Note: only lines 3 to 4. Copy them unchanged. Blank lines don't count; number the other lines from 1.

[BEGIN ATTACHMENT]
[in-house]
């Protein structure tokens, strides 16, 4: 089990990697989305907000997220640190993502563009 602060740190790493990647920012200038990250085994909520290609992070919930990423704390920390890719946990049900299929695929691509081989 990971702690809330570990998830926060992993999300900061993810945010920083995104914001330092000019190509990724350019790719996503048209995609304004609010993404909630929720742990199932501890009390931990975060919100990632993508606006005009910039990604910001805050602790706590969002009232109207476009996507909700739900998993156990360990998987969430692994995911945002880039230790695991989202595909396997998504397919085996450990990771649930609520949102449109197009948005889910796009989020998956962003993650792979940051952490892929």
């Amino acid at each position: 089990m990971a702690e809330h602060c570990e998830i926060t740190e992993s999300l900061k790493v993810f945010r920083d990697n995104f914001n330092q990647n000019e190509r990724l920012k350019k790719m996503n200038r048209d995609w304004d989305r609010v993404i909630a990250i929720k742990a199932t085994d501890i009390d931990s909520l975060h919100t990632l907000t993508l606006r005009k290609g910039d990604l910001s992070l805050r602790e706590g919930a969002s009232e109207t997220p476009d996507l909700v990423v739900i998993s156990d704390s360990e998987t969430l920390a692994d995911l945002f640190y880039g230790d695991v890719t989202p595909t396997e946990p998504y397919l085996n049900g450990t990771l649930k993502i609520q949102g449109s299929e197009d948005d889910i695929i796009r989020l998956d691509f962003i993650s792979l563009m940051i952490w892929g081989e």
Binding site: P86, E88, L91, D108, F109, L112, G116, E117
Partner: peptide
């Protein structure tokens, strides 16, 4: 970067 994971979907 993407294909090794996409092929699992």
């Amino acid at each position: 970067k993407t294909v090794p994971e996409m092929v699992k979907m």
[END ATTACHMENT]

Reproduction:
């Amino acid at each position: 089990m990971a702690e809330h602060c570990e998830i926060t740190e992993s999300l900061k790493v993810f945010r920083d990697n995104f914001n330092q990647n000019e190509r990724l920012k350019k790719m996503n200038r048209d995609w304004d989305r609010v993404i909630a990250i929720k742990a199932t085994d501890i009390d931990s909520l975060h919100t990632l907000t993508l606006r005009k290609g910039d990604l910001s992070l805050r602790e706590g919930a969002s009232e109207t997220p476009d996507l909700v990423v739900i998993s156990d704390s360990e998987t969430l920390a692994d995911l945002f640190y880039g230790d695991v890719t989202p595909t396997e946990p998504y397919l085996n049900g450990t990771l649930k993502i609520q949102g449109s299929e197009d948005d889910i695929i796009r989020l998956d691509f962003i993650s792979l563009m940051i952490w892929g081989e």
Binding site: P86, E88, L91, D108, F109, L112, G116, E117